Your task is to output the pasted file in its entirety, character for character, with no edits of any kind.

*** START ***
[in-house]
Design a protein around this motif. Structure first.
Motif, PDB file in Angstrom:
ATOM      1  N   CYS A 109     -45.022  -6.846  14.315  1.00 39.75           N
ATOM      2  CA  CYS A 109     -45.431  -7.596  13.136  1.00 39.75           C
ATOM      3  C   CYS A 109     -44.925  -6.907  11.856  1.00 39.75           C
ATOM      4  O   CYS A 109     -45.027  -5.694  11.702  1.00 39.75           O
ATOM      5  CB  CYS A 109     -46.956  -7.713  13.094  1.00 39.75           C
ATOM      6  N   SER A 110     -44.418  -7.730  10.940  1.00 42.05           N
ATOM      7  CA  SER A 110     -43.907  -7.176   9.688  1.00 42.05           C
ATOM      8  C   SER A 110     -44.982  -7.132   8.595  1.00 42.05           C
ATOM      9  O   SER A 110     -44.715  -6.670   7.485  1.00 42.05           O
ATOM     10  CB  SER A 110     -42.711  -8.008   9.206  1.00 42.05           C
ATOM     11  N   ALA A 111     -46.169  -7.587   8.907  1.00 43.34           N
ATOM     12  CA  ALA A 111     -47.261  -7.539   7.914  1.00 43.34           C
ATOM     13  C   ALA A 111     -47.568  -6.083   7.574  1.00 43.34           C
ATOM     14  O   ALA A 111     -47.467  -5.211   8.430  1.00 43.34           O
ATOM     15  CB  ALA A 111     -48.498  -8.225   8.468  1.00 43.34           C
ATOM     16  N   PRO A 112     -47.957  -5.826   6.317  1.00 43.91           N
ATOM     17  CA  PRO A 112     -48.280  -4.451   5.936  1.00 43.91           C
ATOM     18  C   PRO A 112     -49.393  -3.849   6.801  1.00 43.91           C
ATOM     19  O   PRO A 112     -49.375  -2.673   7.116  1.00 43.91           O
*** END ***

[in-house]
Design a protein around this motif. Structure first.
Motif, PDB file in Angstrom:
ATOM      1  N   CYS A 109     -45.022  -6.846  14.315  1.00 39.75           N
ATOM      2  CA  CYS A 109     -45.431  -7.596  13.136  1.00 39.75           C
ATOM      3  C   CYS A 109     -44.925  -6.907  11.856  1.00 39.75           C
ATOM      4  O   CYS A 109     -45.027  -5.694  11.702  1.00 39.75           O
ATOM      5  CB  CYS A 109     -46.956  -7.713  13.094  1.00 39.75           C
ATOM      6  N   SER A 110     -44.418  -7.730  10.940  1.00 42.05           N
ATOM      7  CA  SER A 110     -43.907  -7.176   9.688  1.00 42.05           C
ATOM      8  C   SER A 110     -44.982  -7.132   8.595  1.00 42.05           C
ATOM      9  O   SER A 110     -44.715  -6.670   7.485  1.00 42.05           O
ATOM     10  CB  SER A 110     -42.711  -8.008   9.206  1.00 42.05           C
ATOM     11  N   ALA A 111     -46.169  -7.587   8.907  1.00 43.34           N
ATOM     12  CA  ALA A 111     -47.261  -7.539   7.914  1.00 43.34           C
ATOM     13  C   ALA A 111     -47.568  -6.083   7.574  1.00 43.34           C
ATOM     14  O   ALA A 111     -47.467  -5.211   8.430  1.00 43.34           O
ATOM     15  CB  ALA A 111     -48.498  -8.225   8.468  1.00 43.34           C
ATOM     16  N   PRO A 112     -47.957  -5.826   6.317  1.00 43.91           N
ATOM     17  CA  PRO A 112     -48.280  -4.451   5.936  1.00 43.91           C
ATOM     18  C   PRO A 112     -49.393  -3.849   6.801  1.00 43.91           C
ATOM     19  O   PRO A 112     -49.375  -2.673   7.116  1.00 43.91           O